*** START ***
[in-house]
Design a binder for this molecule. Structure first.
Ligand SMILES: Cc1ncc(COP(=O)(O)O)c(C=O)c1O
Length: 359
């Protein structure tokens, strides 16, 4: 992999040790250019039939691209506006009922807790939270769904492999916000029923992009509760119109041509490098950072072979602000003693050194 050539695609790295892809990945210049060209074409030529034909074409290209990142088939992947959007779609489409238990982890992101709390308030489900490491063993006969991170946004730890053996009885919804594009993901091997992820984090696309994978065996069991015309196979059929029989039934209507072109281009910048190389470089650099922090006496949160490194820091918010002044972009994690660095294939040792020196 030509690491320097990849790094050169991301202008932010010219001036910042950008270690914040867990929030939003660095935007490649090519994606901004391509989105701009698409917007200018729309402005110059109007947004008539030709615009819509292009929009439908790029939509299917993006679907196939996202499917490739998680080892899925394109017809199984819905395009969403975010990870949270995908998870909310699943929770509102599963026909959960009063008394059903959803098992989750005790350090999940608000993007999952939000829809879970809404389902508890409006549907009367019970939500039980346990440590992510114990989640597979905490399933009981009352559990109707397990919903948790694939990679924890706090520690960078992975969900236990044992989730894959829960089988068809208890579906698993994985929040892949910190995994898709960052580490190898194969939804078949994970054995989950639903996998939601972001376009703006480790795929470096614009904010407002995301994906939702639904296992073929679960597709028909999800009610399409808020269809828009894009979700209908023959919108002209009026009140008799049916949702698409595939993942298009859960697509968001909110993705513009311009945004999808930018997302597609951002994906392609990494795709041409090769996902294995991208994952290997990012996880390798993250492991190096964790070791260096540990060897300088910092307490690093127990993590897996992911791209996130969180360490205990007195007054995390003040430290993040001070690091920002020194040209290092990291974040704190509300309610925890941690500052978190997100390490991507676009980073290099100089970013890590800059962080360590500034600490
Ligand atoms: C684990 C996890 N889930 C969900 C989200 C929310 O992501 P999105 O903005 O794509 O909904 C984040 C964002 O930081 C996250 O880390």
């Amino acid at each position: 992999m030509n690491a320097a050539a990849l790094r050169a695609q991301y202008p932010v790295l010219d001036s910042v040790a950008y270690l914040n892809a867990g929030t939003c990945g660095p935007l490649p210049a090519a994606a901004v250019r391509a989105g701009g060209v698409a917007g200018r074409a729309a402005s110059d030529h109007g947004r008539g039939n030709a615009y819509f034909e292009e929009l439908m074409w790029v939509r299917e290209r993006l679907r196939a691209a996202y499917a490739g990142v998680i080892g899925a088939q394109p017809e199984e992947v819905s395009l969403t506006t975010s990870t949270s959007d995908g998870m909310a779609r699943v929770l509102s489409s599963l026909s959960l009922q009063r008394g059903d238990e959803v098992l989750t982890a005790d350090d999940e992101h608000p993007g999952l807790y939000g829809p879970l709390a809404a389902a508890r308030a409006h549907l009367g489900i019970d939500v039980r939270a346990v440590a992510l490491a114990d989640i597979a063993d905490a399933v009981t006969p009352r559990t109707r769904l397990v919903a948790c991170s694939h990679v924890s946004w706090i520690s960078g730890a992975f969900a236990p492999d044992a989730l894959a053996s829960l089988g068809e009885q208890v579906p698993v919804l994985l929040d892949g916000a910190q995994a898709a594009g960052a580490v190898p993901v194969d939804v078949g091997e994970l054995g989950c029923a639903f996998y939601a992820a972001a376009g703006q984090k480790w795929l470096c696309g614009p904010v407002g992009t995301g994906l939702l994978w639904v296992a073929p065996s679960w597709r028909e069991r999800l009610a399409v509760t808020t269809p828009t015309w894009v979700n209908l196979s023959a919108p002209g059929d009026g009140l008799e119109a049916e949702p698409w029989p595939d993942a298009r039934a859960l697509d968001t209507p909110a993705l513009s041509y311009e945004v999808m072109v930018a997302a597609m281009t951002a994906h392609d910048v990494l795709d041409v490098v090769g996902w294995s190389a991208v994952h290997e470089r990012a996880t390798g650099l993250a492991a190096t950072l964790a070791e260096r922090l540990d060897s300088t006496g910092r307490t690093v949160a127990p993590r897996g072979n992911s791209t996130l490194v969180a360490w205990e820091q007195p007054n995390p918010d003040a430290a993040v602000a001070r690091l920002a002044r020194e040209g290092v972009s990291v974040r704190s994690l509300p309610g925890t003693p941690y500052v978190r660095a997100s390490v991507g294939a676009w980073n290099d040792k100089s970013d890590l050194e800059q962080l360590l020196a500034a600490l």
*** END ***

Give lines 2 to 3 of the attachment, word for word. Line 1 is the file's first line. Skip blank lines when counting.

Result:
Design a binder for this molecule. Structure first.
Ligand SMILES: Cc1ncc(COP(=O)(O)O)c(C=O)c1O